Part of exploring our environment and understanding land is actually finding out how the region is in its best preserved state. Here, the Living Coast Discovery Center has many remaining plant life and overall land that has been preserved which allows us to examine plant and sea life from the local area. Sometimes it is great to have an understanding of what the region was like prior to the urbanization of the area.

Viewing the Stingrays
Meeting 8 Developing our Presentations
Meeting 8: Presentation Development

Today's workshop was based on time management. As college students, we try to fit everythin in: "How can I fit homework, sports, clubs, chores, and family time in one day?" This workshop gave strategies on managing time, planning and prioritizing. Mentors shared what time management methods work best for them.
Finally, this was the last day to develop our final presentations.
We went over what we accomplished this summer and developed our presentations for next meeting.

Game Plan
Moe mapping
More more mapping
Meeting 9 Presentations
Last Group Shot
Meeting 9:Presentations

Here, we did the dreaded presentations. It can never be the most extensive presentations as we tried to accomplish so much within 8 meetings. The research that we did was great but it always takes many hours to have the fantastic presentations. The main point here is that they realized what research projects are and presentations that can derive from them. They understood or caught a small glimpse of what higher education is and some strategies they can take (from our mini-workshops). Overall we had a blast (just see from the pictures and expressions on their faces) this summer and (although we had little finances) our volunteers accomplished so much with our students.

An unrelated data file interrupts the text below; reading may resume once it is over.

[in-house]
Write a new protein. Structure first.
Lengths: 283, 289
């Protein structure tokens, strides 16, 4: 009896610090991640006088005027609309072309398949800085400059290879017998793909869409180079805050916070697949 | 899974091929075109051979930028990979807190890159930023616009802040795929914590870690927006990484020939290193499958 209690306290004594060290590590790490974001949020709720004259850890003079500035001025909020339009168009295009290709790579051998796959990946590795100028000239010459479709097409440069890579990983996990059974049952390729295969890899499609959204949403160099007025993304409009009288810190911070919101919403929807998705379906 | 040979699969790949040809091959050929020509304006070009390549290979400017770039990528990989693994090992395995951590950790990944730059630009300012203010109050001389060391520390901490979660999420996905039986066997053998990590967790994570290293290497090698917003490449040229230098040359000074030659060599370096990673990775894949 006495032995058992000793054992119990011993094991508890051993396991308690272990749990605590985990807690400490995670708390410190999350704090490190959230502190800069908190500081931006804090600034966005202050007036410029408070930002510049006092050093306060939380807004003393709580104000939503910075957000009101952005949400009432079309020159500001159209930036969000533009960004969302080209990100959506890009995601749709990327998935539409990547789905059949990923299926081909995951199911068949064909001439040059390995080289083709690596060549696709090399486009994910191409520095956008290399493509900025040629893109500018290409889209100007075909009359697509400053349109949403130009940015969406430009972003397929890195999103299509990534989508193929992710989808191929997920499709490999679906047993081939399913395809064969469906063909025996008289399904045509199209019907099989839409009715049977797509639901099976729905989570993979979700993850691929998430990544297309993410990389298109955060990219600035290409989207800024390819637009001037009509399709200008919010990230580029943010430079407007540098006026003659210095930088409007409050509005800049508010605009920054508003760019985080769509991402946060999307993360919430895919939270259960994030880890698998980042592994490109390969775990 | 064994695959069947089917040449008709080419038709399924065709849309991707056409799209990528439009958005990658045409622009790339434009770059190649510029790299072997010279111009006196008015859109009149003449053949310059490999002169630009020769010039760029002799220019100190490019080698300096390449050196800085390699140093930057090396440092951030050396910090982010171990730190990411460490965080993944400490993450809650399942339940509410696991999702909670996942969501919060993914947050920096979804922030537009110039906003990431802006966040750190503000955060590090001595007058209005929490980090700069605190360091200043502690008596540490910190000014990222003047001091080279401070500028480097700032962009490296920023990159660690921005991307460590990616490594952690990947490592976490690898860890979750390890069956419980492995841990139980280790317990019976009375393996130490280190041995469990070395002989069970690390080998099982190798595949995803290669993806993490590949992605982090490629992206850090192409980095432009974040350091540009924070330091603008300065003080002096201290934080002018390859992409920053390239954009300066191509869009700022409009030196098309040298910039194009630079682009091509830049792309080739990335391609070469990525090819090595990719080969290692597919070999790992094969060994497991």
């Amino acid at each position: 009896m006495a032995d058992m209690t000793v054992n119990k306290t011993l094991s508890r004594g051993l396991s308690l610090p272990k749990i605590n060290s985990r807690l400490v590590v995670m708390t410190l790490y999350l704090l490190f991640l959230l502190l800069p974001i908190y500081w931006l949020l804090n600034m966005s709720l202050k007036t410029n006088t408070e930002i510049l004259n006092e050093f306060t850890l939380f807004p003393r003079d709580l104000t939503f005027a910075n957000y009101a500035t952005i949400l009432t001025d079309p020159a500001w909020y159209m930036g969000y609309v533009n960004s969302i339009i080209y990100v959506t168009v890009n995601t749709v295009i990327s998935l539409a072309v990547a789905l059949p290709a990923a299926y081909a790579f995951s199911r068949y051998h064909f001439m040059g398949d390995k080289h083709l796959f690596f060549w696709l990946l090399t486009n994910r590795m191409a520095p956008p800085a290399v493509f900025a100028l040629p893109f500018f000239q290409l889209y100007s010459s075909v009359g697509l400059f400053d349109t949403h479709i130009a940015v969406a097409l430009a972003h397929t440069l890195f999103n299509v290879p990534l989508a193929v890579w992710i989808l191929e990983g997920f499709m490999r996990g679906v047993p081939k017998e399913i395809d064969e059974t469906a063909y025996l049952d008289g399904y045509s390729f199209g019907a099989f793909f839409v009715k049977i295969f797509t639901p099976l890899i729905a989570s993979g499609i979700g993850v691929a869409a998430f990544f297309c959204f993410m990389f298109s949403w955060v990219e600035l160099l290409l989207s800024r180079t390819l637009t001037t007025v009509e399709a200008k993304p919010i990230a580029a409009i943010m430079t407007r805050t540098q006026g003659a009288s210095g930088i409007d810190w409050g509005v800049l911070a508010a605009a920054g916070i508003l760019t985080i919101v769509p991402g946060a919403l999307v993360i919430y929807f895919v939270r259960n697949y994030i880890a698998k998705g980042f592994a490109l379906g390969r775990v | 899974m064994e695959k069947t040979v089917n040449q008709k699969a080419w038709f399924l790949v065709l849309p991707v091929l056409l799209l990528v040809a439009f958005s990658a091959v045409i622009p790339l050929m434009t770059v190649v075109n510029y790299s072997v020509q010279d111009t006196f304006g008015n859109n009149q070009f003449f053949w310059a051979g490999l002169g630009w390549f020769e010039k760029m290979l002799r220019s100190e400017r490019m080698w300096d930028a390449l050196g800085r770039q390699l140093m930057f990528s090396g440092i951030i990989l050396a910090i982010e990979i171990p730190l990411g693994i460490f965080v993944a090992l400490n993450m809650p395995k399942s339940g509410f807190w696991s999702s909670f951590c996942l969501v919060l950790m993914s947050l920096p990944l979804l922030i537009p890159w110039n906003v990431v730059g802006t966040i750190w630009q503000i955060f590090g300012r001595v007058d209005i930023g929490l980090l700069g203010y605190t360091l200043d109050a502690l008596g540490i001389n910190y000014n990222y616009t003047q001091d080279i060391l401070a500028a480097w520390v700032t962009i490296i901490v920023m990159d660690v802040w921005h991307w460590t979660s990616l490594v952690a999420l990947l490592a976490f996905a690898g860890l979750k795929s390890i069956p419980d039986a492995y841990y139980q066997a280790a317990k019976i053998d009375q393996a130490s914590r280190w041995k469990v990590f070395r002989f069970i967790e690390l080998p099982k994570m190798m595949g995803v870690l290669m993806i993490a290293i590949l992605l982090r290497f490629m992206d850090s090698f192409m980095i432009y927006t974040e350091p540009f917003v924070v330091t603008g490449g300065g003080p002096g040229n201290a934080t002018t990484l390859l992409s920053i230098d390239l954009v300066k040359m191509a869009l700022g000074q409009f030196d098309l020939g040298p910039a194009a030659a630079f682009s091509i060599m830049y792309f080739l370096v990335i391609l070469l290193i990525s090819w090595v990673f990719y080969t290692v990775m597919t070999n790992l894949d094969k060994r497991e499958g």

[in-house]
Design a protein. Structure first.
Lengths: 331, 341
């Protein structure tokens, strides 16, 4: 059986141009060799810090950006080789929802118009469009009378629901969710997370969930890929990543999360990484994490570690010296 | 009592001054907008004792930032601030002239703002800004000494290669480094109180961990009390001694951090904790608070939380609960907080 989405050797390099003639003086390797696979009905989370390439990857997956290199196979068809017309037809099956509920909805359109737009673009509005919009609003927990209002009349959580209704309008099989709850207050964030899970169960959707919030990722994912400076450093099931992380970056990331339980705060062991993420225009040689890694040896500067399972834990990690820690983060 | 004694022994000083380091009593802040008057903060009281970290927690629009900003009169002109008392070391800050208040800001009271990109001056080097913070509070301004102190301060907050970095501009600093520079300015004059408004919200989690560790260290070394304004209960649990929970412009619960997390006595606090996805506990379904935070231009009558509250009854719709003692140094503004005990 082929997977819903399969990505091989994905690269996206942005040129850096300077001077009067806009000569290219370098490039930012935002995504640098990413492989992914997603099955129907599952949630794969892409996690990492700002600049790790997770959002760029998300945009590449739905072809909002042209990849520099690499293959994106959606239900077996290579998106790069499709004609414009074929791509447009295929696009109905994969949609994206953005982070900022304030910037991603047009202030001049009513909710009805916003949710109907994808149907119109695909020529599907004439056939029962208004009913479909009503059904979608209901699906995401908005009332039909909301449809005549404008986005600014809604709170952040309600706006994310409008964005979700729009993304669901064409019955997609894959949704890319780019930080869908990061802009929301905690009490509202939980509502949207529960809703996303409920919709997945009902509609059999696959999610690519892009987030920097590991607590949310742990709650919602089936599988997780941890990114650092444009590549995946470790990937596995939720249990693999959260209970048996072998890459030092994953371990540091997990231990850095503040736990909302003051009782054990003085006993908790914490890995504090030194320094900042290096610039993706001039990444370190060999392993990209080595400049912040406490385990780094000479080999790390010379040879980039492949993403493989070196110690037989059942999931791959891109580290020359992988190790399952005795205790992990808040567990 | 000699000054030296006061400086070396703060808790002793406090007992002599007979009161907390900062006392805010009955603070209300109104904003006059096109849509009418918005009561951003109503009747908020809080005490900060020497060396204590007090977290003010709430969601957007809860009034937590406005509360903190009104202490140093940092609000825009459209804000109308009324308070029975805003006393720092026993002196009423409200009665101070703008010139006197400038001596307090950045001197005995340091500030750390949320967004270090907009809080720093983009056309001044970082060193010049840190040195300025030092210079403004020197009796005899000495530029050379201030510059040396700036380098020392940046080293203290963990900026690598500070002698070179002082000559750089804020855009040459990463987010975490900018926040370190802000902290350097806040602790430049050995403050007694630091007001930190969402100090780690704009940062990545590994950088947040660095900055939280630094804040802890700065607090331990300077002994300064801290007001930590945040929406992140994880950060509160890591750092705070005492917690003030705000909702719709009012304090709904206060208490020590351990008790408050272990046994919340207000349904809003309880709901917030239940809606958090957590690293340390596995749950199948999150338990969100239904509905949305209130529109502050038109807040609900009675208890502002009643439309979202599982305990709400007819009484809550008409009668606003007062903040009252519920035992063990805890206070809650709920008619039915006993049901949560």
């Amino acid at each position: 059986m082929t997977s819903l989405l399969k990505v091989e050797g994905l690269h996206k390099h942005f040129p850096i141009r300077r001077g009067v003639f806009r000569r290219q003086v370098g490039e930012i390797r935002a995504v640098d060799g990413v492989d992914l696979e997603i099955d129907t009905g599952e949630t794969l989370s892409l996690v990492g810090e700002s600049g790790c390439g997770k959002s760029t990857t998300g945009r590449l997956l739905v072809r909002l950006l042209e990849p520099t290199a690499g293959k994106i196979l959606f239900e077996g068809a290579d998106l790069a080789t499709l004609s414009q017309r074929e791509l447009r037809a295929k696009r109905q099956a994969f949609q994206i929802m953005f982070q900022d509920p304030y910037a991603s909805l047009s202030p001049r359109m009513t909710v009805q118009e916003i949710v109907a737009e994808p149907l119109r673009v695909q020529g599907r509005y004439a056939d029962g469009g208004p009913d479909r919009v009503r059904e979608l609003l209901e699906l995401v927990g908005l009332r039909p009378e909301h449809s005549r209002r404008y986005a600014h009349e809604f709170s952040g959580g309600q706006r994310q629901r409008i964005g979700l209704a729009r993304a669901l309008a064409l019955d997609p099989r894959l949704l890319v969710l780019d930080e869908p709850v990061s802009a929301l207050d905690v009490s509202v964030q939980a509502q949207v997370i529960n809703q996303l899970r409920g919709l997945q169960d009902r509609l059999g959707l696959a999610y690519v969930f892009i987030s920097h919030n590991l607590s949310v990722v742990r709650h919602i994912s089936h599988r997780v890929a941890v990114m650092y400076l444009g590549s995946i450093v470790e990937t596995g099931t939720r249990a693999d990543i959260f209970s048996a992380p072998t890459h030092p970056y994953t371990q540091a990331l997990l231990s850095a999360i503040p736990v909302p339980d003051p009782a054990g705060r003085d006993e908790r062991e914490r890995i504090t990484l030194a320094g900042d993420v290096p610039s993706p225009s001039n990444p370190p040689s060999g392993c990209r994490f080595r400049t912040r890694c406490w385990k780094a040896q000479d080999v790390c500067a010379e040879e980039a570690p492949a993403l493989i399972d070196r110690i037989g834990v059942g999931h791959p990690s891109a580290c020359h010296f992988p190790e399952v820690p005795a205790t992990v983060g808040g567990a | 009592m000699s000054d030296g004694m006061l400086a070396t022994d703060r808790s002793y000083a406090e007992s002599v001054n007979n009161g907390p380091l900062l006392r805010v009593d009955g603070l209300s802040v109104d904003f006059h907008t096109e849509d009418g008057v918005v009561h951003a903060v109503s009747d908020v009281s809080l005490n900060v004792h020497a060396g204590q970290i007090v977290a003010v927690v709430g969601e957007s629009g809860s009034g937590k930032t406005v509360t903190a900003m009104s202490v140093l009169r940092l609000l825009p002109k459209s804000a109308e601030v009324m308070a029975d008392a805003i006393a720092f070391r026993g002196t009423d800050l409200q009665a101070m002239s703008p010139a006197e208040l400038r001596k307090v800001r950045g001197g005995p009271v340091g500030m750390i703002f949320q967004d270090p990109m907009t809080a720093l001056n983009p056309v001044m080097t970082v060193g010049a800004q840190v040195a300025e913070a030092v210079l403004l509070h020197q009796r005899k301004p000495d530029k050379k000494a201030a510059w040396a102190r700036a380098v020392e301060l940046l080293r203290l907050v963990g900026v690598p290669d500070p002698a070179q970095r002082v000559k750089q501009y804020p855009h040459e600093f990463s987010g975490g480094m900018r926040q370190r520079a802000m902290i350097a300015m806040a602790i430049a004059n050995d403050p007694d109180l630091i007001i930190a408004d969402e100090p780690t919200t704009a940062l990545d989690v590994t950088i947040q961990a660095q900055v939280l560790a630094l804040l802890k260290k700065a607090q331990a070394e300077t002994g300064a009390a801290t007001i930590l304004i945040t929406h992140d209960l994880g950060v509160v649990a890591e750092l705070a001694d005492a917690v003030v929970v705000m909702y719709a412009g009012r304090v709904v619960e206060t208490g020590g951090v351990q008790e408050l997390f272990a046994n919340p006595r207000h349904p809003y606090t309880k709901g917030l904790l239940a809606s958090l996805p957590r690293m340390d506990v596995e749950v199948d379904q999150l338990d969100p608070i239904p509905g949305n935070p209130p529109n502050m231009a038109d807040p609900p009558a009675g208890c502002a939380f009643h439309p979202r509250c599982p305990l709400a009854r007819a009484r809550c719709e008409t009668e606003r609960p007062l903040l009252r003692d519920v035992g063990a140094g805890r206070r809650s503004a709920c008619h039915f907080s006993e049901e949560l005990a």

Last minute
Last instructions
Presentation 1
presentation 2
Presentation 3
Last Congrats
Meeting 10 We Did It-Time to Relax
Last group shot
Meeting 10:Just had to relax

Summer is about fun and relaxing with friends. We made great friendships, we hope our students got something out of their experiance, and now it is time to catch some great rides at Knotts Berry Farm. Thanks to our AIR Programs Board for donating their monies to support this field trip.

Hot Dogs
On the Pony Express
AIR Mentors
AIR Student
Mapping Again?
Food Line
Checking the Outhouse
Coming in